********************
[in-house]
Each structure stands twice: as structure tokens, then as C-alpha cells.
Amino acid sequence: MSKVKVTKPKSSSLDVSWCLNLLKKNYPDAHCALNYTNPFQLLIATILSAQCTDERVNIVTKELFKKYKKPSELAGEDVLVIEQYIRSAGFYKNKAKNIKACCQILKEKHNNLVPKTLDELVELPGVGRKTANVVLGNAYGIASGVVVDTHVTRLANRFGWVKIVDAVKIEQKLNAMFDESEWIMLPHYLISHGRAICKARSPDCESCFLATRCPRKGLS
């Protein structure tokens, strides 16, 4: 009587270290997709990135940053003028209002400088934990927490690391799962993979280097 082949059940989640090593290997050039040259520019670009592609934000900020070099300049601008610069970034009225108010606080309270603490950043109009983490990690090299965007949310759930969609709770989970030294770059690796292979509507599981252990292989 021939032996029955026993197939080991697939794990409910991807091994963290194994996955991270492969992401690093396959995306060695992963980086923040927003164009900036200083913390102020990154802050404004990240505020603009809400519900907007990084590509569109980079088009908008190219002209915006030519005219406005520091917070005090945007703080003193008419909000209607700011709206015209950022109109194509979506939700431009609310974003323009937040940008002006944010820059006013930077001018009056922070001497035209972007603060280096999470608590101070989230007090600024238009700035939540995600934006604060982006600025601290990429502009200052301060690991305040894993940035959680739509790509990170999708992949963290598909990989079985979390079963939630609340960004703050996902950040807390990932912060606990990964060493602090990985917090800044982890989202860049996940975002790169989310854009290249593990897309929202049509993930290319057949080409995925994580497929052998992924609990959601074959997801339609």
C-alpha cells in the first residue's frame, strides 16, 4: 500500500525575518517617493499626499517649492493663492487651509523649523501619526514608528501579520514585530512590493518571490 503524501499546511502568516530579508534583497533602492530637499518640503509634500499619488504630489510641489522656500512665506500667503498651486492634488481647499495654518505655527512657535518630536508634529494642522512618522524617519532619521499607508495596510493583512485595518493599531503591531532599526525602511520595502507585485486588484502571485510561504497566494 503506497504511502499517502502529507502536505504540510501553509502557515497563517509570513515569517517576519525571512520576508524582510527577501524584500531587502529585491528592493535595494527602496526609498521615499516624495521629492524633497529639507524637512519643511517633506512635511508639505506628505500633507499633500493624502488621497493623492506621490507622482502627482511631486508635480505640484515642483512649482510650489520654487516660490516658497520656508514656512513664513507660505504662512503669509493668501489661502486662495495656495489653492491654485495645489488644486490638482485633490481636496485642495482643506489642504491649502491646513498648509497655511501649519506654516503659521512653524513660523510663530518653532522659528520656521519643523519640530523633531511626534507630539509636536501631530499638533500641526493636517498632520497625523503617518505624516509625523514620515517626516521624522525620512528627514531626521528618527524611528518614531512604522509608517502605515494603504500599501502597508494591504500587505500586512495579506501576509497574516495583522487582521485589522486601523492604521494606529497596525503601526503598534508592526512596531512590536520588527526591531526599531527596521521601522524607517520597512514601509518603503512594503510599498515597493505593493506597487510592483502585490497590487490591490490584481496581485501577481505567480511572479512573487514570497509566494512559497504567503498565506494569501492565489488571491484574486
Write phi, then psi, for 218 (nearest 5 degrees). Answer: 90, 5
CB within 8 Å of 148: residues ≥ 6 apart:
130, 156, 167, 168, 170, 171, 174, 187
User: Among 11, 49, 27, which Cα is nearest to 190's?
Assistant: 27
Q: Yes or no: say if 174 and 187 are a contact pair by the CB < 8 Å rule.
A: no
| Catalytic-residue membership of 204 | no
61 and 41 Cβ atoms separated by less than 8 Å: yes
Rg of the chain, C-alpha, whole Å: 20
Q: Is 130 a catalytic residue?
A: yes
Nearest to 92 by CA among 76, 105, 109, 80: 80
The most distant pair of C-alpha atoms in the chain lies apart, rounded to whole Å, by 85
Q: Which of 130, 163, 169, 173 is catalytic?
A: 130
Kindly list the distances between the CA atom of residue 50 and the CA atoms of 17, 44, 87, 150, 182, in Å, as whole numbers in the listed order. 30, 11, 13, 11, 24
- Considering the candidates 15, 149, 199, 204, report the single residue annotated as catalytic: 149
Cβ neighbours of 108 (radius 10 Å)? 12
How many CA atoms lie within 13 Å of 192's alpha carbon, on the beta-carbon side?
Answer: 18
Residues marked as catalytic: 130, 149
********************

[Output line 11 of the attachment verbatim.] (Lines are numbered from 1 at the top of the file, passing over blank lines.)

Q: Yes or no: say if 174 and 187 are a contact pair by the CB < 8 Å rule.